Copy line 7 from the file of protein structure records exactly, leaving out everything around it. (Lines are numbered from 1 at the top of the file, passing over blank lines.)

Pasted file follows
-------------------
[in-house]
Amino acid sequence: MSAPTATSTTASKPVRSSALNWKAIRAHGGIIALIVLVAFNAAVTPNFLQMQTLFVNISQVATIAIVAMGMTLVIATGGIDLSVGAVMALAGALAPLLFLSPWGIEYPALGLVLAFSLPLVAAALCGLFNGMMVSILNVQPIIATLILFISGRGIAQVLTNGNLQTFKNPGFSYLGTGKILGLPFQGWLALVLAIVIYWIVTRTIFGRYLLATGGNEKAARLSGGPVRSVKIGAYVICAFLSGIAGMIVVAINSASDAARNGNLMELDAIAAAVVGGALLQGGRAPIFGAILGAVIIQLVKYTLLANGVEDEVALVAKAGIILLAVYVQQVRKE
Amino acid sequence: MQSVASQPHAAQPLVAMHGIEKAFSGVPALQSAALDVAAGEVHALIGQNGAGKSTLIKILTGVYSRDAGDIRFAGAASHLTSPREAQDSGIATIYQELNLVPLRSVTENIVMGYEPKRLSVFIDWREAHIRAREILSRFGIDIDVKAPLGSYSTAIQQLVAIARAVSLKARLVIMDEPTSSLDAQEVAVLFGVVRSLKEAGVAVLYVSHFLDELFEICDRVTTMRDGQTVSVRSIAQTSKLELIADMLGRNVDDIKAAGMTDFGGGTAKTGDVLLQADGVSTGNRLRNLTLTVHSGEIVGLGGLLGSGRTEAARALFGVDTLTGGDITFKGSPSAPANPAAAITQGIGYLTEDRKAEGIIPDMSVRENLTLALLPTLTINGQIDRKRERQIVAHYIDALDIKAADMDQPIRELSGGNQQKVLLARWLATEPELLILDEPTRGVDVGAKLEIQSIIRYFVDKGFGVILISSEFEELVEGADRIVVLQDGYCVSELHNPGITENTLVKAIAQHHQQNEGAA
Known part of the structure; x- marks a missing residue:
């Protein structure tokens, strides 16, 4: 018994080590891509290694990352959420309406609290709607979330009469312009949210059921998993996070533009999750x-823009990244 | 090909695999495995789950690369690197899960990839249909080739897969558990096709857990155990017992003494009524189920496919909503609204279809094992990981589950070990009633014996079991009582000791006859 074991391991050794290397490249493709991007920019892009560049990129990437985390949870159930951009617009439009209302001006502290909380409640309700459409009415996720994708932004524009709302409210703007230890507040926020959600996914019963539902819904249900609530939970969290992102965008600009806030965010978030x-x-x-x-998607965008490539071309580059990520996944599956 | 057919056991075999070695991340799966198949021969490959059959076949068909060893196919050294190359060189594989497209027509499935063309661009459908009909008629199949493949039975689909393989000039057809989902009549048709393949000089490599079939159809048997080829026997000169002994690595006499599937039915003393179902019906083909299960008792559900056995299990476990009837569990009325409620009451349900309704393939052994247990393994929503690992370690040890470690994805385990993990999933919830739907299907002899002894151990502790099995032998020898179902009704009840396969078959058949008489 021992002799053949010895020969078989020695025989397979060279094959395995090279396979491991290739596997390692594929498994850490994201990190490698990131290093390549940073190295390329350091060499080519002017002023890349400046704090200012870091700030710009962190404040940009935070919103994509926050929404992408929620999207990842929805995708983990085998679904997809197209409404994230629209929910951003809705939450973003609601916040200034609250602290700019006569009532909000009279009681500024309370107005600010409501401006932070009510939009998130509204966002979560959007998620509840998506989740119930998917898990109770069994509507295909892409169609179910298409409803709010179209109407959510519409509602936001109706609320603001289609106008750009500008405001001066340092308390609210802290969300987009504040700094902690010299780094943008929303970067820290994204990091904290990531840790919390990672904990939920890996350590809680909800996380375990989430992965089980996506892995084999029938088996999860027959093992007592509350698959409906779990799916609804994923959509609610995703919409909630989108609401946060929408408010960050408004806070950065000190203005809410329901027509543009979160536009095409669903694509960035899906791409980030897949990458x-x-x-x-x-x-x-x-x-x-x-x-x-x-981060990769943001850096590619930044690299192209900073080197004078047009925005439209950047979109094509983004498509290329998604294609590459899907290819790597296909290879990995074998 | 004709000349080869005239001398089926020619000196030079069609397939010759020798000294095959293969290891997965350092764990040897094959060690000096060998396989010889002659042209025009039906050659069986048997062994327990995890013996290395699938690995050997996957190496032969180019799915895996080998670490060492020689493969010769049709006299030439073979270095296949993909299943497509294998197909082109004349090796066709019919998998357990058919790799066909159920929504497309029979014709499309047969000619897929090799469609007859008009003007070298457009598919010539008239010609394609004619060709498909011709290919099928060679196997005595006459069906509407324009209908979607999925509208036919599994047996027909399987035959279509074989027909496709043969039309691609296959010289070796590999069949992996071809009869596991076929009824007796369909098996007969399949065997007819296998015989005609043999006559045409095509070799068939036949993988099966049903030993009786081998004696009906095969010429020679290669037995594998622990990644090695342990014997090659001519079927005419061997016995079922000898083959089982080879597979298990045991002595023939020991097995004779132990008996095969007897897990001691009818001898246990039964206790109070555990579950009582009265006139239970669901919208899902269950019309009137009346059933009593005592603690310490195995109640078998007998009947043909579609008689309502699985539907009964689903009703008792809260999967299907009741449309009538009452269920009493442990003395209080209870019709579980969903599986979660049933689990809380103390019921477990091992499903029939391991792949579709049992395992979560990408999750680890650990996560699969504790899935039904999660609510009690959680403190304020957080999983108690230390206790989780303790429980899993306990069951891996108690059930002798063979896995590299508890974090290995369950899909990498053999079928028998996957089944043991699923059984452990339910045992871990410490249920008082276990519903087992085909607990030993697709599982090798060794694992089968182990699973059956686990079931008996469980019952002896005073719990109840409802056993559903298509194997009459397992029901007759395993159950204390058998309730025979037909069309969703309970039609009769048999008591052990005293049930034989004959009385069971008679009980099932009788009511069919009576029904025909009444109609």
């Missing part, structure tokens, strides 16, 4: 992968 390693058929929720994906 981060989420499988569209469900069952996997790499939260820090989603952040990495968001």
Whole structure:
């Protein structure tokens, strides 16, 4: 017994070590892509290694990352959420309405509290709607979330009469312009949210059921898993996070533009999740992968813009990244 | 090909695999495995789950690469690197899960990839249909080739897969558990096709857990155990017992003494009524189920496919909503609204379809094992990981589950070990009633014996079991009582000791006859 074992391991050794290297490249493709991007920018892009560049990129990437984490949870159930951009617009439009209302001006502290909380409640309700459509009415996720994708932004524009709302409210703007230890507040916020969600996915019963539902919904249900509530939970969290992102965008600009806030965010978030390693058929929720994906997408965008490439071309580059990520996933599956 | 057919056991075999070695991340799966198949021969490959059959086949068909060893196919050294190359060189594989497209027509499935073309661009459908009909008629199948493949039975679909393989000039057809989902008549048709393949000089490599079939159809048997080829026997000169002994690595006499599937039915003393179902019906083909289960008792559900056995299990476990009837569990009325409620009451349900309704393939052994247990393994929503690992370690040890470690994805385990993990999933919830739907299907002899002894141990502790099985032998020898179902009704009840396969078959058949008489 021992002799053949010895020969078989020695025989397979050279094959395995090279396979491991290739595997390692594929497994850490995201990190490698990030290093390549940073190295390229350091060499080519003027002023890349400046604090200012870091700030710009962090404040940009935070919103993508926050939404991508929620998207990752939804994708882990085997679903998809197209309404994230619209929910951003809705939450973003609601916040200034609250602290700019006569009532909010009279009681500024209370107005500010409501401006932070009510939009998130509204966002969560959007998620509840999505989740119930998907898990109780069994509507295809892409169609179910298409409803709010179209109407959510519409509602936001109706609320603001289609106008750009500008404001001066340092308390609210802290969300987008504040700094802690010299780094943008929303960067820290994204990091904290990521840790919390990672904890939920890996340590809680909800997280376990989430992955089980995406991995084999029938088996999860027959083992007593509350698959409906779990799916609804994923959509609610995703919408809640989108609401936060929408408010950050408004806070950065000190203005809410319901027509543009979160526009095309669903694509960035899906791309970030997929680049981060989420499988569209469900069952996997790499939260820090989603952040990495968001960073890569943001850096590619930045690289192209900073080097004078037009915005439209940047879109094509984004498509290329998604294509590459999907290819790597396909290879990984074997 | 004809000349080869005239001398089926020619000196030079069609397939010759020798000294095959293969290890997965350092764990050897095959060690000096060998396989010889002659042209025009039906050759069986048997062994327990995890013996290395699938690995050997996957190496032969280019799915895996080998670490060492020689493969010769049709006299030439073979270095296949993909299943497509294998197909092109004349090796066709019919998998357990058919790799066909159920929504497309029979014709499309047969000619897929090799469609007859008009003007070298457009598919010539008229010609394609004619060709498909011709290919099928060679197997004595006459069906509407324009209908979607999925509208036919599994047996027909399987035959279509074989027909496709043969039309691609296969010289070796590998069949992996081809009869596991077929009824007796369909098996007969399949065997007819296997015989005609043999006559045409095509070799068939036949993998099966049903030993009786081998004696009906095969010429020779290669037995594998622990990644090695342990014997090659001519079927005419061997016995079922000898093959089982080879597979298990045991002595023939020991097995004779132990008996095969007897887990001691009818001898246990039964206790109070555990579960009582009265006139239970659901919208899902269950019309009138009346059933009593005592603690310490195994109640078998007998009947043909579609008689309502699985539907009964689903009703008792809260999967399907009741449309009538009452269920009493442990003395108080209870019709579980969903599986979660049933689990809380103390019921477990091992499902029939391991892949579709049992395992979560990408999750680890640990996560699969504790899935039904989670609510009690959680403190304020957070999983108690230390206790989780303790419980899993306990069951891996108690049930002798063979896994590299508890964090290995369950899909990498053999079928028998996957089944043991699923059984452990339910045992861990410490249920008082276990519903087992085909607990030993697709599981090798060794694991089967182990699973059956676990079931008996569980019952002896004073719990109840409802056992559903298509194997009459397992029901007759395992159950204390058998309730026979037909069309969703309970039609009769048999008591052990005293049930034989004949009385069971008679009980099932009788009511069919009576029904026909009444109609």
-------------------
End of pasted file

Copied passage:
Whole structure: